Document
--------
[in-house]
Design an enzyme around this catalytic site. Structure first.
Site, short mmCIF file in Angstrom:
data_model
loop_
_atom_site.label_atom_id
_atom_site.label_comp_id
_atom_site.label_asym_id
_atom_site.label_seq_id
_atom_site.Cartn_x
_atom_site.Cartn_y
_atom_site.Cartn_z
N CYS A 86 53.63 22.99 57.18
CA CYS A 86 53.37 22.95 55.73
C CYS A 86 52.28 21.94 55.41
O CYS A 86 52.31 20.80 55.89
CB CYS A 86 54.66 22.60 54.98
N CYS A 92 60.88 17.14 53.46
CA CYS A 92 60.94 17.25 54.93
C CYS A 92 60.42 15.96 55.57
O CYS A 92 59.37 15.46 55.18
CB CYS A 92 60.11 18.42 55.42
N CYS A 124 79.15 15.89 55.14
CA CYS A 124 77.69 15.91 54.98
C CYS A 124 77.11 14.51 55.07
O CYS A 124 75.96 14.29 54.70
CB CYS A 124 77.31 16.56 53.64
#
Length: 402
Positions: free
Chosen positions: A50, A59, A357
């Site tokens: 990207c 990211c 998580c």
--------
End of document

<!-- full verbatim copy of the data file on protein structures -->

[in-house]
Design an enzyme around this catalytic site. Structure first.
Site, short mmCIF file in Angstrom:
data_model
loop_
_atom_site.label_atom_id
_atom_site.label_comp_id
_atom_site.label_asym_id
_atom_site.label_seq_id
_atom_site.Cartn_x
_atom_site.Cartn_y
_atom_site.Cartn_z
N CYS A 86 53.63 22.99 57.18
CA CYS A 86 53.37 22.95 55.73
C CYS A 86 52.28 21.94 55.41
O CYS A 86 52.31 20.80 55.89
CB CYS A 86 54.66 22.60 54.98
N CYS A 92 60.88 17.14 53.46
CA CYS A 92 60.94 17.25 54.93
C CYS A 92 60.42 15.96 55.57
O CYS A 92 59.37 15.46 55.18
CB CYS A 92 60.11 18.42 55.42
N CYS A 124 79.15 15.89 55.14
CA CYS A 124 77.69 15.91 54.98
C CYS A 124 77.11 14.51 55.07
O CYS A 124 75.96 14.29 54.70
CB CYS A 124 77.31 16.56 53.64
#
Length: 402
Positions: free
Chosen positions: A50, A59, A357
């Site tokens: 990207c 990211c 998580c």